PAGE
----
Definitely dark stories – I wouldn’t have thought to compare it to Flannery O’Connor, but I can see it. Brownies might be the best story. I enjoyed reading about the dynamics of the girls. And that paragraph is indeed very good. Not sure the writing in the other stories lived up to that story. I also liked “The Ant of the Self” – where she chose to begin and end scenes was well-done in particular. The book was a quick read, but overall, I didn’t feel strongly one way or other about the stories.

    • Teresa says:

      “Brownies” was definitely the best. I was the most alive with details and probably the most perverse as well. But I liked the other stories a lot, too. O’Connor is hands-down my favorite short story writer, so the similarities in subject and (sometimes) tone really made me sit up and take notice. That’s why I was so captured by “Every Tongue Shall Confess.” By the third story, about the teacher, I was completely hooked.

  5. lbloxham says:

    I taught “Brownies” for many years in a first year literature class. Still one of my favorite stories.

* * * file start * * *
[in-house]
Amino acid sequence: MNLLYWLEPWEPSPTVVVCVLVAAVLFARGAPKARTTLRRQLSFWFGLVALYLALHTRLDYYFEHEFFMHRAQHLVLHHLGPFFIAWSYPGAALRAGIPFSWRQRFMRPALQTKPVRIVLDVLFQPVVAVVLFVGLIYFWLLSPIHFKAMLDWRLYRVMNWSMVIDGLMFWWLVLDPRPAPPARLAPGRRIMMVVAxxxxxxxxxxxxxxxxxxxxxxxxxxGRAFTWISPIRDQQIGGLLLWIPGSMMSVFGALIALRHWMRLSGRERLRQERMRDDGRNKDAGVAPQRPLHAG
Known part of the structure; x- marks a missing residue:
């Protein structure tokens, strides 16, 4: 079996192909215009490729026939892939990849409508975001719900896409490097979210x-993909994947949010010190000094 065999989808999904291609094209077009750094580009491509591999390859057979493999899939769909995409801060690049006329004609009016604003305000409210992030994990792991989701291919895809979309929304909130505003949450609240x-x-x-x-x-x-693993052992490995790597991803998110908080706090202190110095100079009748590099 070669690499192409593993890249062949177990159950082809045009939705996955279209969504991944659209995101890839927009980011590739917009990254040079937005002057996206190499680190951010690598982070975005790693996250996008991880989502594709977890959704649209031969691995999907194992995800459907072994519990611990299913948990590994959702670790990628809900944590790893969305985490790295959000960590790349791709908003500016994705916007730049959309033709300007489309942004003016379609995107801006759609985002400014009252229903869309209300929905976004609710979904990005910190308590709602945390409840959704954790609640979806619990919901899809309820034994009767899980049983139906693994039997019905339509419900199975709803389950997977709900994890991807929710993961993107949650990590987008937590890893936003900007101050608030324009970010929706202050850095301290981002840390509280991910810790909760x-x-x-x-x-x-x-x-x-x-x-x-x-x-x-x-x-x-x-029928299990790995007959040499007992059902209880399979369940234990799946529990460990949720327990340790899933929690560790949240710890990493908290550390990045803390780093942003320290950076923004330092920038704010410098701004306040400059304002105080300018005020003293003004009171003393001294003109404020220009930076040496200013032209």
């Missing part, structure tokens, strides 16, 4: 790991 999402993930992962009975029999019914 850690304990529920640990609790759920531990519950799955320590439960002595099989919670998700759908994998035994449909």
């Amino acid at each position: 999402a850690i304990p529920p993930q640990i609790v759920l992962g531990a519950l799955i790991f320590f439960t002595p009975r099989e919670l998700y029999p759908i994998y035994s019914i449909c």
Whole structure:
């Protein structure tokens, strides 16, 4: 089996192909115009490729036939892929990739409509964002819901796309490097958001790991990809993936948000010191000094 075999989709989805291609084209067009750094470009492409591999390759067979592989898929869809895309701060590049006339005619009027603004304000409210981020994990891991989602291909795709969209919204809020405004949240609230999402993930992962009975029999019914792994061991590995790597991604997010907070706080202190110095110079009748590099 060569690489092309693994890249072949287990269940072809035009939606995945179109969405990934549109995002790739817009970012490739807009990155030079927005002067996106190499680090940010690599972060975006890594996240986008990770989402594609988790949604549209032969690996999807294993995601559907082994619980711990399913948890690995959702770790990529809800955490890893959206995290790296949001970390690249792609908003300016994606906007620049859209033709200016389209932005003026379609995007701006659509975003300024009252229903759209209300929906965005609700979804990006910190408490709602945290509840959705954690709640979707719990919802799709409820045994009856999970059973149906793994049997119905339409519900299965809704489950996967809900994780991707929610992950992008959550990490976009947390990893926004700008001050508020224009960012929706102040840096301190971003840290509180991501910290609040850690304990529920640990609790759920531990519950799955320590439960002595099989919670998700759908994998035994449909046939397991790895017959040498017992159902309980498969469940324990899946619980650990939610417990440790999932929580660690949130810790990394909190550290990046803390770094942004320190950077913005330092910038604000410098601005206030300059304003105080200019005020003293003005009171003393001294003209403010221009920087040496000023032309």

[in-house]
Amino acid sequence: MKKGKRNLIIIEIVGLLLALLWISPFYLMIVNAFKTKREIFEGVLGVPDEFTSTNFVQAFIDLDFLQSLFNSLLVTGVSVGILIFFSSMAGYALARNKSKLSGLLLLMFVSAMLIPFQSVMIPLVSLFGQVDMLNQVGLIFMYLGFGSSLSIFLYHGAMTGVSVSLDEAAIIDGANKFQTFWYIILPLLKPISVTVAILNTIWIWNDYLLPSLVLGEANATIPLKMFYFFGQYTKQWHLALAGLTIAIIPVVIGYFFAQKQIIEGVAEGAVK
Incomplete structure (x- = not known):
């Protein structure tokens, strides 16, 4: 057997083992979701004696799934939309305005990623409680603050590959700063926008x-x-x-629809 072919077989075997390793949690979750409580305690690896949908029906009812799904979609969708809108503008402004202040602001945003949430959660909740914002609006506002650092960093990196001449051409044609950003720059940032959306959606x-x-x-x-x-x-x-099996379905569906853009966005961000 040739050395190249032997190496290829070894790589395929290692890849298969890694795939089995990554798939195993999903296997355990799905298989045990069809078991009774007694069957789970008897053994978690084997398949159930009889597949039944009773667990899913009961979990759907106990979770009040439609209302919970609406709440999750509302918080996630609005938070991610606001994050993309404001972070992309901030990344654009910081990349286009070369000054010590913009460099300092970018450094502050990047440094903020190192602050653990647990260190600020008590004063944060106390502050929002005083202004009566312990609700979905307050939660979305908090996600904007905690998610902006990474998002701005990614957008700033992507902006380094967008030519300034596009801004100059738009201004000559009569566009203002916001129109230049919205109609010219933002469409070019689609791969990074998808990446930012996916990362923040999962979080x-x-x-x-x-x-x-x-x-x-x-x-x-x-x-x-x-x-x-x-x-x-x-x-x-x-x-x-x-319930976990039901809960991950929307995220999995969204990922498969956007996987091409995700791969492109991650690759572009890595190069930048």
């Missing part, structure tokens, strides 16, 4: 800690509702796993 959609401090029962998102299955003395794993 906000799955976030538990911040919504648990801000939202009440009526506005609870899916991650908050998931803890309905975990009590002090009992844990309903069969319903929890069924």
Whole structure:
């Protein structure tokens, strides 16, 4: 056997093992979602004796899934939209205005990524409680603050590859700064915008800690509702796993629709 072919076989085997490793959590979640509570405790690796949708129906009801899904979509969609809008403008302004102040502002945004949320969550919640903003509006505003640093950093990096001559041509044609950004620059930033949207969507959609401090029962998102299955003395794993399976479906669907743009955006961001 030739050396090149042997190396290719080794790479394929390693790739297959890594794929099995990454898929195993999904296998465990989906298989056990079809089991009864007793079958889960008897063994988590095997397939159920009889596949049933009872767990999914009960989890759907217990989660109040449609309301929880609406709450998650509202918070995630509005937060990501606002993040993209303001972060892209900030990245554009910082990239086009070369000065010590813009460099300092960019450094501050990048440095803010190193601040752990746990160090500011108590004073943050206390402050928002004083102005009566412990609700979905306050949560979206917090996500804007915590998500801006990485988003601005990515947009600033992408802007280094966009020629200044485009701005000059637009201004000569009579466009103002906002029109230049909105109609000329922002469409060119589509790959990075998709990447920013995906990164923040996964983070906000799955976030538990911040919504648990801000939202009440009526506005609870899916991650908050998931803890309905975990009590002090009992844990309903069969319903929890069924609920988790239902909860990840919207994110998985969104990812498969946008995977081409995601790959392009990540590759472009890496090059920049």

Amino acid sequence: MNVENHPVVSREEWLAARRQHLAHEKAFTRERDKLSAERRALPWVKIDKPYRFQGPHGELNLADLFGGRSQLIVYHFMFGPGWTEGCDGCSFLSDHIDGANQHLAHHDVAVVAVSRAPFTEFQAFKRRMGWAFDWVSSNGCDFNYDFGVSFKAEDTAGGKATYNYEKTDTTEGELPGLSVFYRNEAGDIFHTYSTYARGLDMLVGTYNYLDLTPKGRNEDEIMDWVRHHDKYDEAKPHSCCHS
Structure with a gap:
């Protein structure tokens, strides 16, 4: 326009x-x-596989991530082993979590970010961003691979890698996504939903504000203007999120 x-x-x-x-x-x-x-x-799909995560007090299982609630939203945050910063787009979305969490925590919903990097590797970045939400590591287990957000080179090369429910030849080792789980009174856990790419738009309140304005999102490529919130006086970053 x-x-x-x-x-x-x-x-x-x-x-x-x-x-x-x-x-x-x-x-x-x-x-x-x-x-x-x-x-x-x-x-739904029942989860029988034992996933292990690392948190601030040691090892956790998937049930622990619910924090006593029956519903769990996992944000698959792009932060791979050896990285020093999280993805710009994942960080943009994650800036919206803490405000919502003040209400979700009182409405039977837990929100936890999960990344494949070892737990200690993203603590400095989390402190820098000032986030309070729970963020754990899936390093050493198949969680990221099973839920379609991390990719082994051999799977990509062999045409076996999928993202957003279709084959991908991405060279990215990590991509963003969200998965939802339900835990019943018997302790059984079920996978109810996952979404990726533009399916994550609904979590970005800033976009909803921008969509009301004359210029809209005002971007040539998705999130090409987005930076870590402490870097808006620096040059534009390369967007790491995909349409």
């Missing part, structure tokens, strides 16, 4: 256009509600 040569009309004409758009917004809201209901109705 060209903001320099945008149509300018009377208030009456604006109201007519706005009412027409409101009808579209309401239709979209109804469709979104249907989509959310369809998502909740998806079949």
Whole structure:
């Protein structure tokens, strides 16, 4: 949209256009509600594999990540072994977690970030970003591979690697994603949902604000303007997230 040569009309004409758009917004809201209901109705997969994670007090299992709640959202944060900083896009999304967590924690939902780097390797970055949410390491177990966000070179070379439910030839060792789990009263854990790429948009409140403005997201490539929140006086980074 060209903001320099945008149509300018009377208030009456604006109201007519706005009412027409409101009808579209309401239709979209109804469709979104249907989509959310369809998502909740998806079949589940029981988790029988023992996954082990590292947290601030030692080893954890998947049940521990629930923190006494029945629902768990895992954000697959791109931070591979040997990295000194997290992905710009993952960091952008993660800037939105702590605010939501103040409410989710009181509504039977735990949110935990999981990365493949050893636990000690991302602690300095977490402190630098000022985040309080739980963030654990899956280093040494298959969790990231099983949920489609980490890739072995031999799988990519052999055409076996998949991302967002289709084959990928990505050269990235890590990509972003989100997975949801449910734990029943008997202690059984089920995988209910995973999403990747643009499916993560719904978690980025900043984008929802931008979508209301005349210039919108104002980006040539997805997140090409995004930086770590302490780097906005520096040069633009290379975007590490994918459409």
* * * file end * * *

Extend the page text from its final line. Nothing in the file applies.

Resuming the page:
6. Gotta have it. This sounds right up my street.

  7. Ahahaha, is it actually a race war or are you employing hyperbole? I mean I love it either way — and YES I do remember those sleeping bags! I had one very, very briefly, and after that my parents bought us these (what seemed to me) extremely fancy, hardcore sleeping bags that ROLLED UP INTO A BAG (this was very impressive to little me) and kept you warm down to I can’t remember what temperature. But they were just plain red. No Belle on them.

    I am trying to be more open to short story collections, so onto my list this book goes!

    • Teresa says:

      Some hyperbole–race-related conflict would be more accurate. But then it goes into some different directions. There are layers.

      For such a long time, I had a plain navy blue sleeping bag, which would have been appalling to take to camp, even though it was a good brand. By the time I was going to camp, I had a Garfield one, which was socially acceptable at the time, but I help onto it and kept using it long past the point of acceptability. If I’d kept it a little longer, I could probably have used it ironically.

  8. I’m not much for short stories but you make this collection sound terrific. I haven’t read Packer but I also like dark and O’Connor so I think I’ll keep an eye out for this one!

  9. Pingback: Mini-Reviews! | A Good Stopping Point